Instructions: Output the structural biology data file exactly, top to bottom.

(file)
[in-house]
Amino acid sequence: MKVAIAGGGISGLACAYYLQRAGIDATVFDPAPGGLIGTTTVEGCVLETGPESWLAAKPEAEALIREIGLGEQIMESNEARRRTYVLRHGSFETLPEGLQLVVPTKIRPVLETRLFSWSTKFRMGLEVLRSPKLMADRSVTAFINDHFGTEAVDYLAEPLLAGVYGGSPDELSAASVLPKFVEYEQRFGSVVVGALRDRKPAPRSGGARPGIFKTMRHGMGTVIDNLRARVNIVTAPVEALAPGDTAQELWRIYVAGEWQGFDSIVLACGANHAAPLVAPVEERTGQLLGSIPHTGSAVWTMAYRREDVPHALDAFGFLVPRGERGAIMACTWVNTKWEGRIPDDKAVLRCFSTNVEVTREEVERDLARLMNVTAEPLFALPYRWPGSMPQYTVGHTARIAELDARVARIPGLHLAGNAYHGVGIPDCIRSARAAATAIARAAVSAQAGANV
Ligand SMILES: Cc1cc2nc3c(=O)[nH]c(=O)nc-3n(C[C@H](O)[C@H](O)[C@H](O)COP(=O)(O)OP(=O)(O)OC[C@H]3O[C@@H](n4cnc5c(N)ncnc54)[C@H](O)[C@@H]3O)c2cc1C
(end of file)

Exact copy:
[in-house]
Amino acid sequence: MKVAIAGGGISGLACAYYLQRAGIDATVFDPAPGGLIGTTTVEGCVLETGPESWLAAKPEAEALIREIGLGEQIMESNEARRRTYVLRHGSFETLPEGLQLVVPTKIRPVLETRLFSWSTKFRMGLEVLRSPKLMADRSVTAFINDHFGTEAVDYLAEPLLAGVYGGSPDELSAASVLPKFVEYEQRFGSVVVGALRDRKPAPRSGGARPGIFKTMRHGMGTVIDNLRARVNIVTAPVEALAPGDTAQELWRIYVAGEWQGFDSIVLACGANHAAPLVAPVEERTGQLLGSIPHTGSAVWTMAYRREDVPHALDAFGFLVPRGERGAIMACTWVNTKWEGRIPDDKAVLRCFSTNVEVTREEVERDLARLMNVTAEPLFALPYRWPGSMPQYTVGHTARIAELDARVARIPGLHLAGNAYHGVGIPDCIRSARAAATAIARAAVSAQAGANV
Ligand SMILES: Cc1cc2nc3c(=O)[nH]c(=O)nc-3n(C[C@H](O)[C@H](O)[C@H](O)COP(=O)(O)OP(=O)(O)OC[C@H]3O[C@@H](n4cnc5c(N)ncnc54)[C@H](O)[C@@H]3O)c2cc1C